College of Business Professor Presents Paper on Discrimination in Municipal Borrowing at Brookings Institute Conference |

Matthew Wynter, research professor at Stony Brook University College of Business, presented his article: “Black Tax: Evidence of Racial Discrimination in Municipal Borrowing Costs,” to Brookings Institute Municipal Finance Conference 2022held online July 18-20.

The paper, co-authored with Ashleigh Eldemire Poindexter of the University of Tennessee and Kimberly Luchtenberg of American University, shows that municipalities with higher proportions of black residents pay higher borrowing costs to issue bonds rated against other cities and counties that broadcast in the same state and year. These higher costs are unexplained by credit risk, more pronounced in states with higher levels of racial resentment and robust to state tax incentives to hold municipal bonds.

In time series tests using periods of political elections in which racial resentment has been shown to escalate, research finds that differences in borrowing costs also increase. Collectively, the results illustrate that racial bias can increase borrowing costs, particularly when racial resentment is severe.

The Brookings Conference is considered the best municipal finance conference in the field, is highly selective, and brings together academics, policy makers, and market players.

Wynter also had another paper on minority and low-income homeownership accepted by the Review of Corporate Finance Studies. “Does home ownership reduce wealth disparities for low-income and minority households? uses limited data from the US Department of Housing and Urban Development’s (HUD) Housing Choice Voucher (HCV) program to study the wealth effects of homeownership for low-income households.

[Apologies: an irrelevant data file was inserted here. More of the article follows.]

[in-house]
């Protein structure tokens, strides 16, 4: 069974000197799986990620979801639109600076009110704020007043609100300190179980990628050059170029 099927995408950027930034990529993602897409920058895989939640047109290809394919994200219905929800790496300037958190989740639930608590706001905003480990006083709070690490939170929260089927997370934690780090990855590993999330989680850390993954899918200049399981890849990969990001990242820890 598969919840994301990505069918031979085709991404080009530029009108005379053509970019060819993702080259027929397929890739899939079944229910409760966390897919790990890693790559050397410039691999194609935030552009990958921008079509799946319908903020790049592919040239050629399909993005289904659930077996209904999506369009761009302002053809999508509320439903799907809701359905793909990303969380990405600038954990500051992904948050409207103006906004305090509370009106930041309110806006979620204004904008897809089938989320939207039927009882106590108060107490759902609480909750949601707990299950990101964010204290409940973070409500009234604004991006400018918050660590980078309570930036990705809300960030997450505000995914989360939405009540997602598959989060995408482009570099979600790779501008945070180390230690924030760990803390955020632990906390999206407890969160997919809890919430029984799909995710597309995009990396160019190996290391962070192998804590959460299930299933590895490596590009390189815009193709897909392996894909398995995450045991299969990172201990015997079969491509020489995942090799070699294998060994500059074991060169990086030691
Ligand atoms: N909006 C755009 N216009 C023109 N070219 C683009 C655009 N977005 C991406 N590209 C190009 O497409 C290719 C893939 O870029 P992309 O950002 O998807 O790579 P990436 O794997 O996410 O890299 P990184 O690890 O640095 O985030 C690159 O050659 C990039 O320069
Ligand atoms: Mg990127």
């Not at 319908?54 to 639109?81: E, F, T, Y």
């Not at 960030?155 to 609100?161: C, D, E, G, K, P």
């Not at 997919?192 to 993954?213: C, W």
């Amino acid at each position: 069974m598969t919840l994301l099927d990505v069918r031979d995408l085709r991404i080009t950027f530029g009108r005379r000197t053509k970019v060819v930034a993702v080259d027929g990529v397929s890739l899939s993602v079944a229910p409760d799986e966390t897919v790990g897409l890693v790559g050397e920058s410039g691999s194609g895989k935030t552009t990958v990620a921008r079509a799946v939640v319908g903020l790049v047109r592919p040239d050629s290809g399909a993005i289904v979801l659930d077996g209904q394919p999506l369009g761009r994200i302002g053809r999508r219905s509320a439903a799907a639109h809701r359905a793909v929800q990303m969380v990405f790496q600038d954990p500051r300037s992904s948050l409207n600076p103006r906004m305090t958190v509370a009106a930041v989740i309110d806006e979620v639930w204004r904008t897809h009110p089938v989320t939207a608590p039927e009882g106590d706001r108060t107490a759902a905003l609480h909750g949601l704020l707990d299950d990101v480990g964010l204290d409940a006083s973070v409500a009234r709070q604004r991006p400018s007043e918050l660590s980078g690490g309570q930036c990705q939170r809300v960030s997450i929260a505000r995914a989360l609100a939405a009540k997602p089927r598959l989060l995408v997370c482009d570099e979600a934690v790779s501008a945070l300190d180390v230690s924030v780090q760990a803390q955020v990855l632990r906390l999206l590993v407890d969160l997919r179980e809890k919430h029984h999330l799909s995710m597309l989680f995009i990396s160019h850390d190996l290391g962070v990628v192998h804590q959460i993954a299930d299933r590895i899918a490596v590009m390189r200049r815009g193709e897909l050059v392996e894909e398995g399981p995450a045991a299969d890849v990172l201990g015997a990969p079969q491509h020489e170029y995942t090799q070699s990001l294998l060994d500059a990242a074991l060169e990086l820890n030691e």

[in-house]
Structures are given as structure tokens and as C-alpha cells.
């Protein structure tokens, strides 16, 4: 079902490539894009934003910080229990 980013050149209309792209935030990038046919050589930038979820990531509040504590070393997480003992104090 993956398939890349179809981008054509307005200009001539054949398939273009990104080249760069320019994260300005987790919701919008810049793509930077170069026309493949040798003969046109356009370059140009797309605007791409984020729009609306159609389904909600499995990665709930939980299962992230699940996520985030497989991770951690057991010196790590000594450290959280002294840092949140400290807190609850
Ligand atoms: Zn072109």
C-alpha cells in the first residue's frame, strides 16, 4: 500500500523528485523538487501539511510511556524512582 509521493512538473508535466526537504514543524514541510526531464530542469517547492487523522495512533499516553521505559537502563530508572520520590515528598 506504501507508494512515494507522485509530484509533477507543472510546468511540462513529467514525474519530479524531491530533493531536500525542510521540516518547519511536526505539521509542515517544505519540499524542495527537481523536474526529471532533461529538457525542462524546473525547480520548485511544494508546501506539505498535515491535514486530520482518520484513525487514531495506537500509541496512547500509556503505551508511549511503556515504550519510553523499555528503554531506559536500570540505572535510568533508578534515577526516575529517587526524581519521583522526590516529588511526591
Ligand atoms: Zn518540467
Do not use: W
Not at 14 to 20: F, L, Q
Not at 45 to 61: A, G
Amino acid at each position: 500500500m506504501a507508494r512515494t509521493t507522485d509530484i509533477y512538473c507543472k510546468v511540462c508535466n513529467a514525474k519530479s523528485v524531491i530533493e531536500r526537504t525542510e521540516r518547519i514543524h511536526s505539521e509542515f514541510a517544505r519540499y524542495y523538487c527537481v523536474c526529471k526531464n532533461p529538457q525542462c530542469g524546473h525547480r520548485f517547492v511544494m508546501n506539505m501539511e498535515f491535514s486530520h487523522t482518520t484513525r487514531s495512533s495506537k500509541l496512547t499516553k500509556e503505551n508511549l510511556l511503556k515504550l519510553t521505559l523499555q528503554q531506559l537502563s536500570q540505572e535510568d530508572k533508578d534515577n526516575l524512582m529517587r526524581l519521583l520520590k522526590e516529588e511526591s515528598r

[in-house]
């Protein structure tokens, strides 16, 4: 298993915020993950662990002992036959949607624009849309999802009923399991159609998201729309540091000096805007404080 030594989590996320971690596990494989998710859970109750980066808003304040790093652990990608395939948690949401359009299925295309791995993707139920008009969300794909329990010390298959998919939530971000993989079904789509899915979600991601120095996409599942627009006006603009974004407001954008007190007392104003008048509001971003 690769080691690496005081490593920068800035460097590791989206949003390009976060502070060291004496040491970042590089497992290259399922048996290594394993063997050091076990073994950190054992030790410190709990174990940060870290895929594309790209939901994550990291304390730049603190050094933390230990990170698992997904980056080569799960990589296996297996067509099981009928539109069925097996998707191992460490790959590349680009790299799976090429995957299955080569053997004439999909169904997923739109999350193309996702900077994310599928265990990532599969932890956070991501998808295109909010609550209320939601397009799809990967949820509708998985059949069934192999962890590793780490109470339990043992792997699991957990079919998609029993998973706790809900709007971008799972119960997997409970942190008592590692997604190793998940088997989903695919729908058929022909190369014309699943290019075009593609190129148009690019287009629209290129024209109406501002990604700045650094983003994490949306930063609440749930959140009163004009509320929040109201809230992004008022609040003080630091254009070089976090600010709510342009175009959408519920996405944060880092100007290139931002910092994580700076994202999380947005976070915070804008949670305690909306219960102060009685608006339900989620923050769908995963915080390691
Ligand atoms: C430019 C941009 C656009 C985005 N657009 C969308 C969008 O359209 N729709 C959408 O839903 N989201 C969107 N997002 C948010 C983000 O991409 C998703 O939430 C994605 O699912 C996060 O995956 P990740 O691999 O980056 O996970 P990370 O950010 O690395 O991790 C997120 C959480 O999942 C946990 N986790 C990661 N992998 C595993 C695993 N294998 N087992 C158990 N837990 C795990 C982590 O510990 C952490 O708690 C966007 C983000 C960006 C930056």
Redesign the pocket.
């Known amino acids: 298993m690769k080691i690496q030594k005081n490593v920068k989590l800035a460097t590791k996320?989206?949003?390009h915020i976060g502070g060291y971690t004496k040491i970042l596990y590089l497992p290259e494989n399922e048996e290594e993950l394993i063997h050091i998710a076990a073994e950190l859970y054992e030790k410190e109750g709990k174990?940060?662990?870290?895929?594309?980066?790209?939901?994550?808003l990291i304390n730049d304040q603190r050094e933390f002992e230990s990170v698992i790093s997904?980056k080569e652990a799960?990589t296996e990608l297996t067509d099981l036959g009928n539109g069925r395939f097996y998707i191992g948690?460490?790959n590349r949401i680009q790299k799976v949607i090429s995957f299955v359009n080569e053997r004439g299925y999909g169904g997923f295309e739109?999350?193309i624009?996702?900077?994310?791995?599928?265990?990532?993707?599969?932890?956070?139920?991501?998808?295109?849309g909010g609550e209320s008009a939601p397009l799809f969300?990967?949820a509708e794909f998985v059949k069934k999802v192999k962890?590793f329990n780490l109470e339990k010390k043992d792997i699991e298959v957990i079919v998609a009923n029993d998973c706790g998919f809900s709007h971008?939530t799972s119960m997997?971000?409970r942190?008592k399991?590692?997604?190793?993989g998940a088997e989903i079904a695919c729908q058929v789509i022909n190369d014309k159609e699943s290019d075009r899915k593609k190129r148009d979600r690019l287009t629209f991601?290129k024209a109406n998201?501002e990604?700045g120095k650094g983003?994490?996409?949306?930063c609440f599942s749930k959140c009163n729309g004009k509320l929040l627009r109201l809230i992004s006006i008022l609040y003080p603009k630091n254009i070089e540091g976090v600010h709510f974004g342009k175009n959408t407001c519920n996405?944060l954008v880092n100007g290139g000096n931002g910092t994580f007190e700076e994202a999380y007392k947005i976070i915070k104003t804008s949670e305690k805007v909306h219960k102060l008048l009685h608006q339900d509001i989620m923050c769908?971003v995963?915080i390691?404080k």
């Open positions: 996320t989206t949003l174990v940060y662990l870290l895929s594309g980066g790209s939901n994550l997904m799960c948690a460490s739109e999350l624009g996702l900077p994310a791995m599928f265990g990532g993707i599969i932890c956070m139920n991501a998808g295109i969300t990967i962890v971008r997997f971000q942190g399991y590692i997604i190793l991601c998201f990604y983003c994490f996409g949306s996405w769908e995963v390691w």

The paper examines whether becoming a homeowner affects the wealth of low-income white and minority households differently. HUD’s HCV program provides low-income households with housing assistance for rental and mortgage payments. To determine whether homeownership affects wealth, the article compares a household’s wealth as a renter to its own wealth as a homeowner, and uses the variation in wealth outcomes among households to measure the effect of property on racial disparities in wealth. Using this differences-in-differences approach, the research controls for the many unobservable and confounding differences within households that are likely to affect wealth accumulation, while also allowing wealth outcomes to vary by race.

Using this empirical approach, the article finds that low-income households that receive assistance to own a home experience increased wealth relative to their tenure as renters. However, these wealth gains are not present among low-income minority households. The results provide evidence that home ownership is a driver of wealth formation for low-income households and that home ownership does not inherently reduce racial disparities in wealth.

Wynter conducts research focused on behavioral and international finance. His research has been presented at finance and economics conferences around the world, including the Brookings Institution, the American Economic Association, and the China International Conference in Finance. His research has been published in the Review of Corporate Finance Studies, World Economy and in the Journal of Management, Policy, and Practice.

Melissa C. Keyes